This week’s chemical disaster could have been prevented
This week’s spill disaster again reminds us that when it comes to environmental standards, laws and performance, our leaders have made us a third world country.
Sermac Laundry on Baxters Road burned over the weekend. That is expected: businesses and homes burn regularly. That’s why we have a fire service.
The problem with Sermac was that the building was full of drums of new and used chemicals – just waiting to make a routine fire into a neighbourhood-threatening disaster. With no laws the owners did what they wanted for years and now it’s our problem. Street closures, schools and businesses closed, ground water contaminated.
“[W]hat happens is that a number of laundries that use that chemical, since they don’t have an avenue for disposal, they store it on their premises …”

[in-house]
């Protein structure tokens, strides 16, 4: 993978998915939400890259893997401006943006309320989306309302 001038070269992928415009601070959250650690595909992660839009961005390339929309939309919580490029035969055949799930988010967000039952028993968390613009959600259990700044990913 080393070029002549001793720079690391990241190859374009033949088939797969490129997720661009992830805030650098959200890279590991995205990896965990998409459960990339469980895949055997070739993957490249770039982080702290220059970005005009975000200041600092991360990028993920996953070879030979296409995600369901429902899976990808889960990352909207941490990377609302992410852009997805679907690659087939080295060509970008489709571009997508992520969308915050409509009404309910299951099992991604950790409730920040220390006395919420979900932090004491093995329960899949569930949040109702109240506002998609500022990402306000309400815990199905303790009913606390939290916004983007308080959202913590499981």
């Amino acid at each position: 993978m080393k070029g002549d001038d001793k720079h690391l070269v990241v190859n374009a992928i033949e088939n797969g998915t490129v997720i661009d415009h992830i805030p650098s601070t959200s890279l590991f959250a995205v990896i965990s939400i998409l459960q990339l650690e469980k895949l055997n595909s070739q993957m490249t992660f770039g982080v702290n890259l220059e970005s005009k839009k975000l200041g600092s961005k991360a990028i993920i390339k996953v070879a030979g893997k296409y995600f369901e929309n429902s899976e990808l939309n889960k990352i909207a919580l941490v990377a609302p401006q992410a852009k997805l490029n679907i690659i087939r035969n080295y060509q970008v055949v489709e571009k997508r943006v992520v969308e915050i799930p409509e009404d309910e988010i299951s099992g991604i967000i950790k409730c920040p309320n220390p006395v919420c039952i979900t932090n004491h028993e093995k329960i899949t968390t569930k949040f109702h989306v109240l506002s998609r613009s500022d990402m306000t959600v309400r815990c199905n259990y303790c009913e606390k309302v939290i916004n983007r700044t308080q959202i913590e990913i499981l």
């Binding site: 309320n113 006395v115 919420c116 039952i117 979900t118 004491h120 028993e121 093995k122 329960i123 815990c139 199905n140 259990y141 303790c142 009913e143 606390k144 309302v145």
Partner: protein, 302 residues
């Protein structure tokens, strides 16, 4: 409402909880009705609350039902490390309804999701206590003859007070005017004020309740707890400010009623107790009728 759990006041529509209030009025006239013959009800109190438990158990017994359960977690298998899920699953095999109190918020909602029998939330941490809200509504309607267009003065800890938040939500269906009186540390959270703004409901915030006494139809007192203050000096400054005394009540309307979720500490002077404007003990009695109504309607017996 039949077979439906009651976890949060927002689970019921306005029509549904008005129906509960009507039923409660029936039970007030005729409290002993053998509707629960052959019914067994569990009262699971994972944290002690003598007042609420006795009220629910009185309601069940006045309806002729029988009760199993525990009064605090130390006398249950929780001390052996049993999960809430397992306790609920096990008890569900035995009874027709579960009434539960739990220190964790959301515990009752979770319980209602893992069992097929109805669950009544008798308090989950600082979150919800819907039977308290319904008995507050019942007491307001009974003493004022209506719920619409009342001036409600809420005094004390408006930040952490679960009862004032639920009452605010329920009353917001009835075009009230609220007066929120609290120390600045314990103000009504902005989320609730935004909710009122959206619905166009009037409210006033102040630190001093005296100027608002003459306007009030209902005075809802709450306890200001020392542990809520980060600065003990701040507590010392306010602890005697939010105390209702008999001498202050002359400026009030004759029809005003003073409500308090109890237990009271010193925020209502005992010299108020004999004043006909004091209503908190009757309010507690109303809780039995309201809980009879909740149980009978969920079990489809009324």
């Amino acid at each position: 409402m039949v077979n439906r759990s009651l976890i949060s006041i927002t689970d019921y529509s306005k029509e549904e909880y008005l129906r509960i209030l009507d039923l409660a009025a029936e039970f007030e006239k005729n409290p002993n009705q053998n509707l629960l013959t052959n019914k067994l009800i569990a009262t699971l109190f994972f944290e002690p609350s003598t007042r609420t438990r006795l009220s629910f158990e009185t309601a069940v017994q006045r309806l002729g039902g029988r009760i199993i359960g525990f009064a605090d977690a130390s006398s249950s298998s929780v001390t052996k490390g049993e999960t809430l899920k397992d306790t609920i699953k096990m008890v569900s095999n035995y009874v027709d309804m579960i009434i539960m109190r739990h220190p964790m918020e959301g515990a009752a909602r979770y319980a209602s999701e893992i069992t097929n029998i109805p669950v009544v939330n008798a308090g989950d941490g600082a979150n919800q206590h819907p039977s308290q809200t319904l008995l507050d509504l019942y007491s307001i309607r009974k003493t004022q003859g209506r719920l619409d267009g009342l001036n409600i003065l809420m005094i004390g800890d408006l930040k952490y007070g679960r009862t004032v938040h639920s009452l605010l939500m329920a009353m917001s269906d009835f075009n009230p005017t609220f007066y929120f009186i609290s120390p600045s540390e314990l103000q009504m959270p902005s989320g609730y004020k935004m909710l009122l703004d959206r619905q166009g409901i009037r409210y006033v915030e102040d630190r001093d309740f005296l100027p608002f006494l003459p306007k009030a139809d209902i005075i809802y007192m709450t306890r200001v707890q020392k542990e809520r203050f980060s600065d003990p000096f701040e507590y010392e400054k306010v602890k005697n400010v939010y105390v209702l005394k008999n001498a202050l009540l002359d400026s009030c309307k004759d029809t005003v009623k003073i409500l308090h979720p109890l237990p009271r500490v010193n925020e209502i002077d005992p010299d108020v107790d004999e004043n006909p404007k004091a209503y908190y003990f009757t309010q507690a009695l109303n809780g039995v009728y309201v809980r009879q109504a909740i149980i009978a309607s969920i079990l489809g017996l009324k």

Roy Ward, head of RGW Consultants Inc, who was responsible for the clean-up at Sermac Laundry this week after the fire that destroyed the small business over the weekend. Source: Barbados Today (and thanks for the photo!)
For 21 years the BLP and DLP promised to put an Environmental Act in place. They lied and Barbados suffered. When Shell Oil had their massive pipeline spill of jet fuel and contaminated wells all along the pristine southern coast, there wasn’t a damn thing that could be done because there was no law against it.
When Fibrepol dumped gallons of acetone into the water table, there was no law against it.
When factories keep hundreds of rusty drums full of poison in a field with no fences and where children play, there’s nothing to be done because there is no law against it.
And when a dry cleaning company like Sermac stockpiles thousands of liters of poison in a residential area, there’s still no law against it.
To all our Environment Ministers, past and present, we give a hearty “Thanks for nothing.”